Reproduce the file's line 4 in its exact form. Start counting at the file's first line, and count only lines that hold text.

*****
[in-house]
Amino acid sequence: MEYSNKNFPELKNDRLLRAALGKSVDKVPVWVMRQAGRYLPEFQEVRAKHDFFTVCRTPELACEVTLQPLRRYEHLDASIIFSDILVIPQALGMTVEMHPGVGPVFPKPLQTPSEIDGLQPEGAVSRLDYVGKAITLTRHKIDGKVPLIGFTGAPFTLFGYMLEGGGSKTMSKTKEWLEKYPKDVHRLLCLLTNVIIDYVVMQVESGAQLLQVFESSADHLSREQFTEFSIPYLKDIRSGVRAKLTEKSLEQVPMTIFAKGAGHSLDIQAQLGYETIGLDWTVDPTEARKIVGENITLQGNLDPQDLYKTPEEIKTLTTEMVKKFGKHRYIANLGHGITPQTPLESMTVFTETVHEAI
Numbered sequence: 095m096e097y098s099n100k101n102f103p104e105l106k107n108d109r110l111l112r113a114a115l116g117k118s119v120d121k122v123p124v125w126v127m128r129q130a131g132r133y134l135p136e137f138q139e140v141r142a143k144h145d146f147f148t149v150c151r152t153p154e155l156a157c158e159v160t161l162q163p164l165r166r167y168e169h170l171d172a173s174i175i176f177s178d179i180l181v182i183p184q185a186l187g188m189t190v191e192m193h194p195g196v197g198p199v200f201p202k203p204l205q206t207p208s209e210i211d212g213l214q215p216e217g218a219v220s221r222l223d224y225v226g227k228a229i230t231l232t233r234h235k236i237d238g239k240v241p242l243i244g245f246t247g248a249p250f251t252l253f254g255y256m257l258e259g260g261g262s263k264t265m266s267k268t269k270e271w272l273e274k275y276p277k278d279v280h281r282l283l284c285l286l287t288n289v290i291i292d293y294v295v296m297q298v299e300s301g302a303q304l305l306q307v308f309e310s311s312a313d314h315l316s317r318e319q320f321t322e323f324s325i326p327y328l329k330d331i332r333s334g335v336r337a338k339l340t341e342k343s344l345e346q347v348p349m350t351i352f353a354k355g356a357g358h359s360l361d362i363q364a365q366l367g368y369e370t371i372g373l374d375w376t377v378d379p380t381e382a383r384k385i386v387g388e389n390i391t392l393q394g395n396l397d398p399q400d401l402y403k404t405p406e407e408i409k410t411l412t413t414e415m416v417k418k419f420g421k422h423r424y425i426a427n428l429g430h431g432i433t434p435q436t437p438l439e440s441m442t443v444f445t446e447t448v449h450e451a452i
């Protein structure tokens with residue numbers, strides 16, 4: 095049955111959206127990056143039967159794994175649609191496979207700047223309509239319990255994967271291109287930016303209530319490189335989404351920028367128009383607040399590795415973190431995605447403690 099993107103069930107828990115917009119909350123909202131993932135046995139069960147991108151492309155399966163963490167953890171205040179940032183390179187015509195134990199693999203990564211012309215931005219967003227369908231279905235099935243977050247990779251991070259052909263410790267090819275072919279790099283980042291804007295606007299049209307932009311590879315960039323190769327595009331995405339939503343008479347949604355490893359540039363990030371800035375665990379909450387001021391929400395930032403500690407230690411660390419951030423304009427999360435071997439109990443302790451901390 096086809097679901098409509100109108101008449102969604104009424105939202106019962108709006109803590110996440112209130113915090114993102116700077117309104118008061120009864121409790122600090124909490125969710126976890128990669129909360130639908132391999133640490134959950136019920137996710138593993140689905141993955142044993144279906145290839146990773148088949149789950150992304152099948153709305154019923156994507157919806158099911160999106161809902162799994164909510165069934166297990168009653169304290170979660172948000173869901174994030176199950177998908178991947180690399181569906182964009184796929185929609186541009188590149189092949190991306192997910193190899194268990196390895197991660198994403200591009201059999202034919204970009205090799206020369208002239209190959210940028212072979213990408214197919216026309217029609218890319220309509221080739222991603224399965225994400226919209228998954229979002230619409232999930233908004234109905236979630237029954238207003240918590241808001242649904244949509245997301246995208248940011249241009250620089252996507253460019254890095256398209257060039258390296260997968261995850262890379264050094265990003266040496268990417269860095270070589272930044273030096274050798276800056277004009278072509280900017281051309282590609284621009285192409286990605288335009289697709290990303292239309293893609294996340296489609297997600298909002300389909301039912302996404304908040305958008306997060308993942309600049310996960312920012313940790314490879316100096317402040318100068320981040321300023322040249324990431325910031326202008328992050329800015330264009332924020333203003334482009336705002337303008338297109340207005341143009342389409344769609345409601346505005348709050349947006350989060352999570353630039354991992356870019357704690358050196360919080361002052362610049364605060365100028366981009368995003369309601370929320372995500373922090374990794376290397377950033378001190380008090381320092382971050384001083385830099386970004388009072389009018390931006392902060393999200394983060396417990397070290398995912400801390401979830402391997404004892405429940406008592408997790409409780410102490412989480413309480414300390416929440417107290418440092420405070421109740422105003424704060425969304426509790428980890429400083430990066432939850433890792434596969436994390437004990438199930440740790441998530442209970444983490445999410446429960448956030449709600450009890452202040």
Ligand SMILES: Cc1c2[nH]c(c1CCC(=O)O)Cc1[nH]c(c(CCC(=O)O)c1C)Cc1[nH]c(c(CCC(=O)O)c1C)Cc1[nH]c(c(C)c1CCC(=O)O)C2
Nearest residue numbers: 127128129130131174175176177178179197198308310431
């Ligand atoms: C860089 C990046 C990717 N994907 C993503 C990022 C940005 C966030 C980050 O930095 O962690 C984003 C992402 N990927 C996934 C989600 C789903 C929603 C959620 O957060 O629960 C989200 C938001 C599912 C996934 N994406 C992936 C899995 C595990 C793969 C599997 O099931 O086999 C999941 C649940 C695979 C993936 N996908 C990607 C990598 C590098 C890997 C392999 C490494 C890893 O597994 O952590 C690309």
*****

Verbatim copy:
């Protein structure tokens with residue numbers, strides 16, 4: 095049955111959206127990056143039967159794994175649609191496979207700047223309509239319990255994967271291109287930016303209530319490189335989404351920028367128009383607040399590795415973190431995605447403690 099993107103069930107828990115917009119909350123909202131993932135046995139069960147991108151492309155399966163963490167953890171205040179940032183390179187015509195134990199693999203990564211012309215931005219967003227369908231279905235099935243977050247990779251991070259052909263410790267090819275072919279790099283980042291804007295606007299049209307932009311590879315960039323190769327595009331995405339939503343008479347949604355490893359540039363990030371800035375665990379909450387001021391929400395930032403500690407230690411660390419951030423304009427999360435071997439109990443302790451901390 096086809097679901098409509100109108101008449102969604104009424105939202106019962108709006109803590110996440112209130113915090114993102116700077117309104118008061120009864121409790122600090124909490125969710126976890128990669129909360130639908132391999133640490134959950136019920137996710138593993140689905141993955142044993144279906145290839146990773148088949149789950150992304152099948153709305154019923156994507157919806158099911160999106161809902162799994164909510165069934166297990168009653169304290170979660172948000173869901174994030176199950177998908178991947180690399181569906182964009184796929185929609186541009188590149189092949190991306192997910193190899194268990196390895197991660198994403200591009201059999202034919204970009205090799206020369208002239209190959210940028212072979213990408214197919216026309217029609218890319220309509221080739222991603224399965225994400226919209228998954229979002230619409232999930233908004234109905236979630237029954238207003240918590241808001242649904244949509245997301246995208248940011249241009250620089252996507253460019254890095256398209257060039258390296260997968261995850262890379264050094265990003266040496268990417269860095270070589272930044273030096274050798276800056277004009278072509280900017281051309282590609284621009285192409286990605288335009289697709290990303292239309293893609294996340296489609297997600298909002300389909301039912302996404304908040305958008306997060308993942309600049310996960312920012313940790314490879316100096317402040318100068320981040321300023322040249324990431325910031326202008328992050329800015330264009332924020333203003334482009336705002337303008338297109340207005341143009342389409344769609345409601346505005348709050349947006350989060352999570353630039354991992356870019357704690358050196360919080361002052362610049364605060365100028366981009368995003369309601370929320372995500373922090374990794376290397377950033378001190380008090381320092382971050384001083385830099386970004388009072389009018390931006392902060393999200394983060396417990397070290398995912400801390401979830402391997404004892405429940406008592408997790409409780410102490412989480413309480414300390416929440417107290418440092420405070421109740422105003424704060425969304426509790428980890429400083430990066432939850433890792434596969436994390437004990438199930440740790441998530442209970444983490445999410446429960448956030449709600450009890452202040």